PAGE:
Folks, let have a google images for these incredible works from 400 BC!!!
      http://www.ancient-origins.net/sites/default/files/styles/large/public/Gold-Scythian-pectoral.jpg?itok=uYRQ2dax
    5. Peasejean55 Peasejean55, 6 years ago
      One word for these wonderful pieces, stunning.
    6. blunderbuss2 blunderbuss2, 6 years ago
      Thanks Bluboi for that site. I gleaned a lot out of it.
    7. shareurpassion shareurpassion, 6 years ago
      It's just amazing to see both primitive and such advanced work on one piece from waaaaay back!!! Really amazing. And the links, 10+ from both of you! Thank you for sharing!
    8. Bluboi Bluboi, 6 years ago
      thank you all! I am so lucky to own these treasures!
    9. blunderbuss2 blunderbuss2, 6 years ago
      I'm waiting to see your address! LOL!!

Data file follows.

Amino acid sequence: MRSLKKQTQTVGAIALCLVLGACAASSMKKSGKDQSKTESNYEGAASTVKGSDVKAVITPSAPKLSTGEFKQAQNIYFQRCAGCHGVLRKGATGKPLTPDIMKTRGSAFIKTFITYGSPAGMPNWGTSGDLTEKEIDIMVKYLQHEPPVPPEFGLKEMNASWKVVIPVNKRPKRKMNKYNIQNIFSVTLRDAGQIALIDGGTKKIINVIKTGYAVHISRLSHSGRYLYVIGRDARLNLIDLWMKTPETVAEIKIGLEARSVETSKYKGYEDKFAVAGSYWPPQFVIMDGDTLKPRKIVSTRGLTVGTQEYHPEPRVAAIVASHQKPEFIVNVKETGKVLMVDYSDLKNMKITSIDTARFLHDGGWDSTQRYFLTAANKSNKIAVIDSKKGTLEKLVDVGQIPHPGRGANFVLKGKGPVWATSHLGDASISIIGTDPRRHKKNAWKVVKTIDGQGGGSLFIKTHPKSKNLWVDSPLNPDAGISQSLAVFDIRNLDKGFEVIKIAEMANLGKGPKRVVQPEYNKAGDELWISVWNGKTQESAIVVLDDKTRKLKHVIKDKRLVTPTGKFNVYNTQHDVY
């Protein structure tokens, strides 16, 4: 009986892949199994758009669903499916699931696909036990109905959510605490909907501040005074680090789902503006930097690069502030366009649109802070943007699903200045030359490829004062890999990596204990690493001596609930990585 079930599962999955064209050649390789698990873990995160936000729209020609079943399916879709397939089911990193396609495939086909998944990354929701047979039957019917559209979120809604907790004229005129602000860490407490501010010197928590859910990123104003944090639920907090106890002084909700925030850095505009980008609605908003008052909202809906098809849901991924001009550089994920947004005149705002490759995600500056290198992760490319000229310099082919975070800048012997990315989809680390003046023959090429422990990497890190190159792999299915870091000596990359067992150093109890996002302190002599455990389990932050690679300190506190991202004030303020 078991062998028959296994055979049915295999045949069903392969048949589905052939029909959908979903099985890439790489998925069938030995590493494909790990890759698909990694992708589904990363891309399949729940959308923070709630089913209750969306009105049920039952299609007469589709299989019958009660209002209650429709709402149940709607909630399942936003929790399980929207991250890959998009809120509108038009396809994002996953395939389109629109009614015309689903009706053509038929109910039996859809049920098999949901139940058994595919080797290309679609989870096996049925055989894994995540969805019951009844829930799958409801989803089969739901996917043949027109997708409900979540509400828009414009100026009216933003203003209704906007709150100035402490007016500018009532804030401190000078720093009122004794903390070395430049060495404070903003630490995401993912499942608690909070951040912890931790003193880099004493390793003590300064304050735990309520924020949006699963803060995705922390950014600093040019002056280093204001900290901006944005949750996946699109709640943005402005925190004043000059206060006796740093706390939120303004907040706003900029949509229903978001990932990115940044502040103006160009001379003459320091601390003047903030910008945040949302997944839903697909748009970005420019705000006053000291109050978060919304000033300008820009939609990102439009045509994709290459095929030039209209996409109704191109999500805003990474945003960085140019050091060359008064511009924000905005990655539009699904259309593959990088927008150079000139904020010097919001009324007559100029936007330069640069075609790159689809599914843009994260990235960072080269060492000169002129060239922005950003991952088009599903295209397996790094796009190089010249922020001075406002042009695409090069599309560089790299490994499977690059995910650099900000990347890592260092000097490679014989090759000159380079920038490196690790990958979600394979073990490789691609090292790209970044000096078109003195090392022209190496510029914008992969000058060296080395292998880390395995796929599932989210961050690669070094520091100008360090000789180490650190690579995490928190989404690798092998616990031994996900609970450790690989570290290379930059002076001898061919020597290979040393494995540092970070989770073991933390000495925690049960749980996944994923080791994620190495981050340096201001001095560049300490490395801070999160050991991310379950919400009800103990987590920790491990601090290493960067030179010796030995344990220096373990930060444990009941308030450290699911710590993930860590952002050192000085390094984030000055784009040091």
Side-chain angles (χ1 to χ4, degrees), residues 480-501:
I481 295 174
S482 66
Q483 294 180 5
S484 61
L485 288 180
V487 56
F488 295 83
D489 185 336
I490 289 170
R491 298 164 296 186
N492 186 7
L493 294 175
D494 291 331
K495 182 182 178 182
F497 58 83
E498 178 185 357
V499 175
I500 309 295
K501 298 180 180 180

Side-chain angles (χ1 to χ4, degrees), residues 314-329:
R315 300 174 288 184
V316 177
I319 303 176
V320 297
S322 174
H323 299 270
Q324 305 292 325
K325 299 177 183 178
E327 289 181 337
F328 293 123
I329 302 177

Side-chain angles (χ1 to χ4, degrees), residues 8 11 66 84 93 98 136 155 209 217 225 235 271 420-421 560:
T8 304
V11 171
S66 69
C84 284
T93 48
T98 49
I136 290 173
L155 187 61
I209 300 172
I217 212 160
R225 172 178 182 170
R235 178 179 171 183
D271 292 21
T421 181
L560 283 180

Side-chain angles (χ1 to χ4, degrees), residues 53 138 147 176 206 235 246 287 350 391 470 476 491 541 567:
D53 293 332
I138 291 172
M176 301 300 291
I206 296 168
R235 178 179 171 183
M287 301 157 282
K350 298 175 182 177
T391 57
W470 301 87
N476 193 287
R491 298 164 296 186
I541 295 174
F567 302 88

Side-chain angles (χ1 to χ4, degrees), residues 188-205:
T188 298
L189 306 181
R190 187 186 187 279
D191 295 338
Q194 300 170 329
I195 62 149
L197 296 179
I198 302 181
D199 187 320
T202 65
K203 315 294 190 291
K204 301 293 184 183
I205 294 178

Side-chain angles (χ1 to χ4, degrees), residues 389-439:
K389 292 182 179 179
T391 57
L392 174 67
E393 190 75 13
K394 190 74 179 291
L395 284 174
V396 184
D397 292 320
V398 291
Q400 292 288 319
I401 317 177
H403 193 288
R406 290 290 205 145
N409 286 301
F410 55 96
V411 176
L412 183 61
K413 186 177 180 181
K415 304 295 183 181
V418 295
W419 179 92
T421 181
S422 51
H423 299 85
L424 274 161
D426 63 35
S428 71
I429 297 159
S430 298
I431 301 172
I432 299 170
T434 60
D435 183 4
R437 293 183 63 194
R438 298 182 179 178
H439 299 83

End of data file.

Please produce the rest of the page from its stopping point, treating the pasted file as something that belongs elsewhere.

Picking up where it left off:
10. davyd286, 6 years ago
      Beautiful! #2 and #3 look so similar to the ones in the Boston Museum of Fine Arts, I can't help but wonder if they were made by the same artist:
      http://www.mfa.org/collections/object/earrings-262063
    11. blunderbuss2 blunderbuss2, 6 years ago
      Davy, the similarities are so close, that I feel you might be right. This was a special art & trade probably only mastered by very few. Thanks for your contribution. Keep this to yourself, as this is a side of me rarely shown to others!
    12. Bluboi Bluboi, 6 years ago
      Wow, Davy! Great reference -- their bull's heads aren't smooshed, but my wiring is intact. Though, frankly, how anyone could get those twisted wires into their ears is beyond me.... Thank you!